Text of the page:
Article

Mechanisms of provitamin A (carotenoid) and vitamin A (retinol) transport into and out of intestinal Caco-2 cells

Department of International Health, Bloomberg School of Public Health, Johns Hopkins University, Baltimore, MD 21205, USA.
The Journal of Lipid Research (Impact Factor: 4.42). 11/2007; 48(10):2283-94. DOI: 10.1194/jlr.M700263-JLR200
Source: PubMed

ABSTRACT

The purpose of this study was to compare the mechanisms of intestinal retinol (ROL) and carotenoid transport. When differentiated Caco-2 cells were incubated with ROL for varying times, cellular ROL plateaued within 2 h, whereas retinyl ester (RE) formation increased continuously. ROL and RE efflux into basolateral medium (BM) increased linearly with time, ROL in the nonlipoprotein fraction and REs in chylomicrons (CMs). In contrast to carotenoids, ROL uptake was proportional to ROL concentration (0.5-110 microM). ROL efflux into BM occurred via two processes: a) a saturable process at low concentrations (<10 microM) and b) a nonsaturable process at higher concentrations. When ROL-loaded cells were maintained on retinoid-free medium, free ROL, but not REs, was secreted into BM. Glyburide significantly reduced ROL efflux but not ROL uptake. Inhibition of ABCA1 protein expression by small interfering RNAs decreased ROL efflux but not carotenoid efflux. Scavenger receptor class B type I (SR-BI) inhibition did not affect ROL transport but decreased carotenoid uptake. The present data suggest that a) ROL enters intestinal cells by diffusion, b) ROL efflux is partly facilitated, probably by the basolateral transporter ABCA1, and c) newly synthesized REs, but not preformed esters, are incorporated into CM and secreted. In contrast to ROL transport, carotenoid uptake is mediated by the apical transporter SR-BI, and carotenoid efflux occurs exclusively via their secretion in CM.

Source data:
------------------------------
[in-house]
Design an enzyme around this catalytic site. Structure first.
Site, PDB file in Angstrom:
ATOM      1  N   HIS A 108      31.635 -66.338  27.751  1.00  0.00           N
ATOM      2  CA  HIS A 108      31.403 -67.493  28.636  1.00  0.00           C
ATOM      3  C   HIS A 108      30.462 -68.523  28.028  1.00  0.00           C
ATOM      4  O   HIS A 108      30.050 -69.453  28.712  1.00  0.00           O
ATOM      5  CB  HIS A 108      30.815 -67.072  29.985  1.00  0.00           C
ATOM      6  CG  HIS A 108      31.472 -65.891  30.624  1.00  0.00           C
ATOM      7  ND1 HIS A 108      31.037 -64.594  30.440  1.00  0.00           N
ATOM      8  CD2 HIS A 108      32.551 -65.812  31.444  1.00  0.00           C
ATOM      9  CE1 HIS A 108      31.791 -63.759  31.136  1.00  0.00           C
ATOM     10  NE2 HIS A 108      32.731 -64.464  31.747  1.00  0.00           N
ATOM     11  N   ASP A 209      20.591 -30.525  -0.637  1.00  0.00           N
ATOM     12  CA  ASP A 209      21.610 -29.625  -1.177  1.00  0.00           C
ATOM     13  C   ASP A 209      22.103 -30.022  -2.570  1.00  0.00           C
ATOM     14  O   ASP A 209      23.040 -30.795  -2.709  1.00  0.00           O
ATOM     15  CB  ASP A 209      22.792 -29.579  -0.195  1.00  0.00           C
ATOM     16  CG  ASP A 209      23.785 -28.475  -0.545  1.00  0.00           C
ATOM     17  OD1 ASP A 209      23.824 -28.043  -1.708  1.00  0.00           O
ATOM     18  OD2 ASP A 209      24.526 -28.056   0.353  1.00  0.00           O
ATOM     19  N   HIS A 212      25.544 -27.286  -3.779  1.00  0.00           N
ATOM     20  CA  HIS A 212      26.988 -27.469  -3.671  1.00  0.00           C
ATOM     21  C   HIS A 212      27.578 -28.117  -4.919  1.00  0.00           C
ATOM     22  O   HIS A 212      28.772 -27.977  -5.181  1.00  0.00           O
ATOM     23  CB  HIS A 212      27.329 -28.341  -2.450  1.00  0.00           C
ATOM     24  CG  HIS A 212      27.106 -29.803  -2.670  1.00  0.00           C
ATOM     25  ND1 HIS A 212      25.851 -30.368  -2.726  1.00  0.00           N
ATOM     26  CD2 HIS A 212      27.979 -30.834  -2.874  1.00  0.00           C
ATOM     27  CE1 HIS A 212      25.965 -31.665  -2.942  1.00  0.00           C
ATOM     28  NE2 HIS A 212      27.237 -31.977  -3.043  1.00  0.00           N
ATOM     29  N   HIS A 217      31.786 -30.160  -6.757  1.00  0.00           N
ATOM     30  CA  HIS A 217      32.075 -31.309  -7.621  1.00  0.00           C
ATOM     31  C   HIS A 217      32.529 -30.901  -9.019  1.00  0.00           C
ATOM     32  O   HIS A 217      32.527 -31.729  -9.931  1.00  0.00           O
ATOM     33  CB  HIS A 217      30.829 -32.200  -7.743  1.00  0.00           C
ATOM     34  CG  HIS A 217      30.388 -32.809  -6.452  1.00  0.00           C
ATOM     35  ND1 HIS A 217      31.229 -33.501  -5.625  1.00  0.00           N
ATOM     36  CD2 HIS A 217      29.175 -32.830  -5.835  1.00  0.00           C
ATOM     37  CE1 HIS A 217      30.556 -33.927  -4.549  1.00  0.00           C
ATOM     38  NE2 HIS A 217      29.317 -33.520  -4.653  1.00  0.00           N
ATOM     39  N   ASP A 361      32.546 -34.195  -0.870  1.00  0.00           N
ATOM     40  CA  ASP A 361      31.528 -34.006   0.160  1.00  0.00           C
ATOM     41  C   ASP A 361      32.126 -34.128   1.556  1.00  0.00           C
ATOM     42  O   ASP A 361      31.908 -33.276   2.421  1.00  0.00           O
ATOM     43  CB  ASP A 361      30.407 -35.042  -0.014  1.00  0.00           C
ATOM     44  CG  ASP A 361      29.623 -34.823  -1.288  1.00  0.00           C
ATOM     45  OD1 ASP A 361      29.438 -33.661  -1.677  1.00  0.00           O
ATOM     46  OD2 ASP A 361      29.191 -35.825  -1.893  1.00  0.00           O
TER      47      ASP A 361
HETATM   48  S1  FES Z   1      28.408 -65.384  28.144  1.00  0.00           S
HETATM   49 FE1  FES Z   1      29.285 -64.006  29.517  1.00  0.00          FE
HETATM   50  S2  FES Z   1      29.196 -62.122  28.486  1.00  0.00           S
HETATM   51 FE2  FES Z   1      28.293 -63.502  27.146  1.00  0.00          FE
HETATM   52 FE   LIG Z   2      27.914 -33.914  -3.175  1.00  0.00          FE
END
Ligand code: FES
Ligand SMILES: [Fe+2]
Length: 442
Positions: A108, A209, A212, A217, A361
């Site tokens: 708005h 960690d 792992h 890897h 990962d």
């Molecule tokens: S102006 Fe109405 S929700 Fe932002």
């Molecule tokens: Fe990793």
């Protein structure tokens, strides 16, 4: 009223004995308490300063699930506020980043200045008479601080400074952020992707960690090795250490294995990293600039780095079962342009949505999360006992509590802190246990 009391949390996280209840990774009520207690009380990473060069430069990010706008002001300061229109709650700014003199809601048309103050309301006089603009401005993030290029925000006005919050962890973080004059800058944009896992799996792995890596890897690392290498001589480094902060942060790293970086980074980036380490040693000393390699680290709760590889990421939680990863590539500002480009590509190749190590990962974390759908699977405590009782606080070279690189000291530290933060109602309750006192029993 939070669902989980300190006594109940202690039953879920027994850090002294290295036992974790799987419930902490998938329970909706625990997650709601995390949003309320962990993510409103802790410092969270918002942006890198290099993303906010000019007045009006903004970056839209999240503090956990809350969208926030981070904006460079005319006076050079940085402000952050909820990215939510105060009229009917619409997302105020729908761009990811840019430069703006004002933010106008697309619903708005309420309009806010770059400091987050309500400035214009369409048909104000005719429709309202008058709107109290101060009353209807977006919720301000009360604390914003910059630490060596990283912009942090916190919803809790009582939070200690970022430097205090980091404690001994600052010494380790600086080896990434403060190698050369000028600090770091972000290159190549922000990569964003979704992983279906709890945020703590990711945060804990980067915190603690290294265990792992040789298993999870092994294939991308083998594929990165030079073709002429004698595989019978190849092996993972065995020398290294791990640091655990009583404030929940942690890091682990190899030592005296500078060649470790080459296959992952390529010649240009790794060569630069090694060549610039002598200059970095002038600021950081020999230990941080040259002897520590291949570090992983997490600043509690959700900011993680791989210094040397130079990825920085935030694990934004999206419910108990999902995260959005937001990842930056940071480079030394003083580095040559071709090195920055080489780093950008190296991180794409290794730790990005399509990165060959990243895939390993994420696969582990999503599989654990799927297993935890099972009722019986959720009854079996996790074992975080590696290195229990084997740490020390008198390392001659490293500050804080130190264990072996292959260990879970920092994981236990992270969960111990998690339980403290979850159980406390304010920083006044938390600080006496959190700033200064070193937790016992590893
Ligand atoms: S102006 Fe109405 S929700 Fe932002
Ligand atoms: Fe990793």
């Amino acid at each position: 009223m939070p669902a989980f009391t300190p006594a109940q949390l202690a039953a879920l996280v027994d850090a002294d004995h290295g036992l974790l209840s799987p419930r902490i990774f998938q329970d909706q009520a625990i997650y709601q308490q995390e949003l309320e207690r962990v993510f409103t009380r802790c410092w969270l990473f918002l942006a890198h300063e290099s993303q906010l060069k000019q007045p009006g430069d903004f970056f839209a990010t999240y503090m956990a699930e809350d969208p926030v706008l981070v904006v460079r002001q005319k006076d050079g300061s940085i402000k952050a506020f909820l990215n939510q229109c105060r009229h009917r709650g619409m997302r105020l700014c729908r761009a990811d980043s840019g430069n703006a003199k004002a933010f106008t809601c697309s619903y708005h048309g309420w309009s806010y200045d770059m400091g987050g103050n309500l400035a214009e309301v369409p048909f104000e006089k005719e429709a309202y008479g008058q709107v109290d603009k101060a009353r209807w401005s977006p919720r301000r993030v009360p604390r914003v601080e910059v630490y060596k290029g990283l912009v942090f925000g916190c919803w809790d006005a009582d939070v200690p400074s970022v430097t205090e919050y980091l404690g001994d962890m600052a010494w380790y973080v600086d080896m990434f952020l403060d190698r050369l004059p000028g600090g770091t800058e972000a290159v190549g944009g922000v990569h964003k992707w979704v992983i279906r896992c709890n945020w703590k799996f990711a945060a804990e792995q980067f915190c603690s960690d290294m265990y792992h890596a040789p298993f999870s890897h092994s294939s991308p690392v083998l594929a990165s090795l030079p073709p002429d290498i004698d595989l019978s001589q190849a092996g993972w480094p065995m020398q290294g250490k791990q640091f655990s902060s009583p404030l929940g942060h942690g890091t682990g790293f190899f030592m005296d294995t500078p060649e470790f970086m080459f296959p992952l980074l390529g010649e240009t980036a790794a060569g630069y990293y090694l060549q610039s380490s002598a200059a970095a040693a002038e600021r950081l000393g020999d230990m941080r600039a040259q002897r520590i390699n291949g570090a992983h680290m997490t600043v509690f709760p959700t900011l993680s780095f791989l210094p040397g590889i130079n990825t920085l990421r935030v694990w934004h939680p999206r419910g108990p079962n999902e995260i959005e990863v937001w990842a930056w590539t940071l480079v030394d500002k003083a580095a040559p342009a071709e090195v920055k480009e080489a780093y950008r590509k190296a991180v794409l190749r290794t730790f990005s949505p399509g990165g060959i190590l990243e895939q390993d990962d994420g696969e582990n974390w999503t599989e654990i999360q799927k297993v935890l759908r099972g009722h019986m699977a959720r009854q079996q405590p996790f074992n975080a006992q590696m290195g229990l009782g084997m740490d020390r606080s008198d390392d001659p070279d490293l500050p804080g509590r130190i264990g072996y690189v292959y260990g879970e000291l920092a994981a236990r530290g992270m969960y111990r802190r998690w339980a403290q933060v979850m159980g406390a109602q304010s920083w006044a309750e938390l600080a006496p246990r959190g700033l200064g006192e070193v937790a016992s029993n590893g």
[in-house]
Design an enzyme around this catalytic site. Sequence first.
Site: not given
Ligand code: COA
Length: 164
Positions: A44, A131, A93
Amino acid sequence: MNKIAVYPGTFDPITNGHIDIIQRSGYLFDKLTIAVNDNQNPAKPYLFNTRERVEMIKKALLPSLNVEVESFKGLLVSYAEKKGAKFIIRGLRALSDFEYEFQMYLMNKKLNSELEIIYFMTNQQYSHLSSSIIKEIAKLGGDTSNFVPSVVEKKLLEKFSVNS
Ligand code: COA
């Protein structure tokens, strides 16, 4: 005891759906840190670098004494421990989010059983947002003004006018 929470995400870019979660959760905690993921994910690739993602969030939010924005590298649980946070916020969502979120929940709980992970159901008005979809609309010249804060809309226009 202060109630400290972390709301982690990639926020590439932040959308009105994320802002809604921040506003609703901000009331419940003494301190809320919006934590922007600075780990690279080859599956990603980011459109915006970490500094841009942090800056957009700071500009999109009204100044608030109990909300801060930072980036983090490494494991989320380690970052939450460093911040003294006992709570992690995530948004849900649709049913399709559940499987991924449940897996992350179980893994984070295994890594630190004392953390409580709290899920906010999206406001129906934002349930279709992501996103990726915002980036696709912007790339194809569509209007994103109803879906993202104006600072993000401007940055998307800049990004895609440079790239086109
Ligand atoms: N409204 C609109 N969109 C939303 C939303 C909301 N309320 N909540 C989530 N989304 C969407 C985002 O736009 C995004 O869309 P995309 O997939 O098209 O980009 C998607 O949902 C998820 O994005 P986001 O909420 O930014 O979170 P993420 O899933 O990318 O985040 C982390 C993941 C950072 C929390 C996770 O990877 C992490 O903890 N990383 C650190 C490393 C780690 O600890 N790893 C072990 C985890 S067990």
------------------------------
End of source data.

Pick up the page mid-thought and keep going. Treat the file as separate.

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    • "Lin et al. (2007) reported a better uptake of lycopene into DU145 prostate cancer cells from FCS-compared to THF-supplemented media. Lipoproteins appear to play an important role in the cellular uptake of carotenoids (During and Harrison 2007; O'Sullivan et al. 2007). The involvement of the scavenger receptor class B type I (SR-BI) in carotenoid uptake has been demonstrated (van Bennekum et al. 2005; During and Harrison 2007). "
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